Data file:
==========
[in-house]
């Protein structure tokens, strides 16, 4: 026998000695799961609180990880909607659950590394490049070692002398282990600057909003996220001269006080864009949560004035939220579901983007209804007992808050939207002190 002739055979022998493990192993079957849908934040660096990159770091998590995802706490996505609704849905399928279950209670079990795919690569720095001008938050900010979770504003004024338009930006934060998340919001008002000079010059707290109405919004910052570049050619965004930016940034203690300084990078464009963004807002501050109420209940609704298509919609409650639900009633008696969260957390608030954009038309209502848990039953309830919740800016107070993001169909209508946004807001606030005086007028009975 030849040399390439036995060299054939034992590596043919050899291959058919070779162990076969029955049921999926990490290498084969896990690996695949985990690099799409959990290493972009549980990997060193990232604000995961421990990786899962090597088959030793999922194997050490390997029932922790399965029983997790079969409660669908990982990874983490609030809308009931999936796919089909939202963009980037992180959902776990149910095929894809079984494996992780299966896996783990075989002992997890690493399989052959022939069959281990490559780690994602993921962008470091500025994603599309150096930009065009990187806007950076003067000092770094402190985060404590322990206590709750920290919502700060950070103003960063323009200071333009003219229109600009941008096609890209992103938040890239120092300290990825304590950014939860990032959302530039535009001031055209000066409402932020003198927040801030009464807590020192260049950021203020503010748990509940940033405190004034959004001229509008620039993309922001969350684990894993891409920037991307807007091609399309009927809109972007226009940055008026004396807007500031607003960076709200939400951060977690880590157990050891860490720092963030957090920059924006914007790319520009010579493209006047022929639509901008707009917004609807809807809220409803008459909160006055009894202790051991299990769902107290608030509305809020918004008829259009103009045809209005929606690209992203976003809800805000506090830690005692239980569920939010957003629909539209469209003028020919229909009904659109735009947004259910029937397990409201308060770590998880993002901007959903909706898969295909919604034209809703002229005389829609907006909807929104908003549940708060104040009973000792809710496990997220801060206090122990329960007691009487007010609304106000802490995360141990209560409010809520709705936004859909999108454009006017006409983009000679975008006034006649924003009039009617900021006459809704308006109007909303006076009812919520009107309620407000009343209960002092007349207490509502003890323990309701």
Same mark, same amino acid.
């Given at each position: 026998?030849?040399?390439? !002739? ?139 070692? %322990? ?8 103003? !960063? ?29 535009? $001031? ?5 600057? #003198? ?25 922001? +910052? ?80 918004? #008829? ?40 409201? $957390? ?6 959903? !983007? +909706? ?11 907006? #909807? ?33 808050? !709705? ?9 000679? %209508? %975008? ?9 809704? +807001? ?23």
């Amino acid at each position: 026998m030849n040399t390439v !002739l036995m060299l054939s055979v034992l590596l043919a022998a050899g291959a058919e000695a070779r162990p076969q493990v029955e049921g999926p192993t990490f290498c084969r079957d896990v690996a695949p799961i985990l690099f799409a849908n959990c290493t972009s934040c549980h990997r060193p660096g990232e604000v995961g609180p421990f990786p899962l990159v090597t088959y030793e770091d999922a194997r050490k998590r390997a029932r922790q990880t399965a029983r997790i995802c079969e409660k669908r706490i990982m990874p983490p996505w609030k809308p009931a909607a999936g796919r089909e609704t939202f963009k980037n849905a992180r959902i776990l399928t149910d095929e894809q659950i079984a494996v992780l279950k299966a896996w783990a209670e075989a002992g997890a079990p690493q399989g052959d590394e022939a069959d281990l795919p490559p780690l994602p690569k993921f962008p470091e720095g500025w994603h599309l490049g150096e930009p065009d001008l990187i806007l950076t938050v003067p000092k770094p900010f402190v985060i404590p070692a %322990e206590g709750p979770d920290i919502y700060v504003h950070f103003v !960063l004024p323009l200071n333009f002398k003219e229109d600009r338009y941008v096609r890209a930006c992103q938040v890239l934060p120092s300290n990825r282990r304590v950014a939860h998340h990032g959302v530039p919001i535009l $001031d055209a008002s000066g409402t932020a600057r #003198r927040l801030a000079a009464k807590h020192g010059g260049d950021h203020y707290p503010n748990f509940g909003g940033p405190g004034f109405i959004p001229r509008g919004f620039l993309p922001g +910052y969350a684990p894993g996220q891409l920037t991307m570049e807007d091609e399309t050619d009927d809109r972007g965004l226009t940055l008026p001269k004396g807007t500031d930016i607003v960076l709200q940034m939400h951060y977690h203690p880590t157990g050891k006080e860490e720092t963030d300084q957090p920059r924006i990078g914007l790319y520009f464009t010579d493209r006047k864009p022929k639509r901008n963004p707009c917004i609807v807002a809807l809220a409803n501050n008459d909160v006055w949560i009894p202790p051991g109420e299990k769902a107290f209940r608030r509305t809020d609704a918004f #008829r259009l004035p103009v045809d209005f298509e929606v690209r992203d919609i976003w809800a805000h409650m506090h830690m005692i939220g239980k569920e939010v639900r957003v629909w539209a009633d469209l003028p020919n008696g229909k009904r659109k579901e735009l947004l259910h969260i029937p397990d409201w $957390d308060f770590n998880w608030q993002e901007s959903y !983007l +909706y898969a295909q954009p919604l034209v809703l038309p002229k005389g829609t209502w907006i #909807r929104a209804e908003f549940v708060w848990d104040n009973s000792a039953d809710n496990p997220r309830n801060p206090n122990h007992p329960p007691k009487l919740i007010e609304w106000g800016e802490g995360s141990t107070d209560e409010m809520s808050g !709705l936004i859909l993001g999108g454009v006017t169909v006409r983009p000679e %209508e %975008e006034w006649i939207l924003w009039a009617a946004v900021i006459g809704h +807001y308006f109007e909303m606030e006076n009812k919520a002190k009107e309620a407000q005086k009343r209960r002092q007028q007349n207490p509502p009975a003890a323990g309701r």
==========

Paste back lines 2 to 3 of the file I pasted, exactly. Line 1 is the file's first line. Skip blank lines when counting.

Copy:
């Protein structure tokens, strides 16, 4: 026998000695799961609180990880909607659950590394490049070692002398282990600057909003996220001269006080864009949560004035939220579901983007209804007992808050939207002190 002739055979022998493990192993079957849908934040660096990159770091998590995802706490996505609704849905399928279950209670079990795919690569720095001008938050900010979770504003004024338009930006934060998340919001008002000079010059707290109405919004910052570049050619965004930016940034203690300084990078464009963004807002501050109420209940609704298509919609409650639900009633008696969260957390608030954009038309209502848990039953309830919740800016107070993001169909209508946004807001606030005086007028009975 030849040399390439036995060299054939034992590596043919050899291959058919070779162990076969029955049921999926990490290498084969896990690996695949985990690099799409959990290493972009549980990997060193990232604000995961421990990786899962090597088959030793999922194997050490390997029932922790399965029983997790079969409660669908990982990874983490609030809308009931999936796919089909939202963009980037992180959902776990149910095929894809079984494996992780299966896996783990075989002992997890690493399989052959022939069959281990490559780690994602993921962008470091500025994603599309150096930009065009990187806007950076003067000092770094402190985060404590322990206590709750920290919502700060950070103003960063323009200071333009003219229109600009941008096609890209992103938040890239120092300290990825304590950014939860990032959302530039535009001031055209000066409402932020003198927040801030009464807590020192260049950021203020503010748990509940940033405190004034959004001229509008620039993309922001969350684990894993891409920037991307807007091609399309009927809109972007226009940055008026004396807007500031607003960076709200939400951060977690880590157990050891860490720092963030957090920059924006914007790319520009010579493209006047022929639509901008707009917004609807809807809220409803008459909160006055009894202790051991299990769902107290608030509305809020918004008829259009103009045809209005929606690209992203976003809800805000506090830690005692239980569920939010957003629909539209469209003028020919229909009904659109735009947004259910029937397990409201308060770590998880993002901007959903909706898969295909919604034209809703002229005389829609907006909807929104908003549940708060104040009973000792809710496990997220801060206090122990329960007691009487007010609304106000802490995360141990209560409010809520709705936004859909999108454009006017006409983009000679975008006034006649924003009039009617900021006459809704308006109007909303006076009812919520009107309620407000009343209960002092007349207490509502003890323990309701």
Same mark, same amino acid.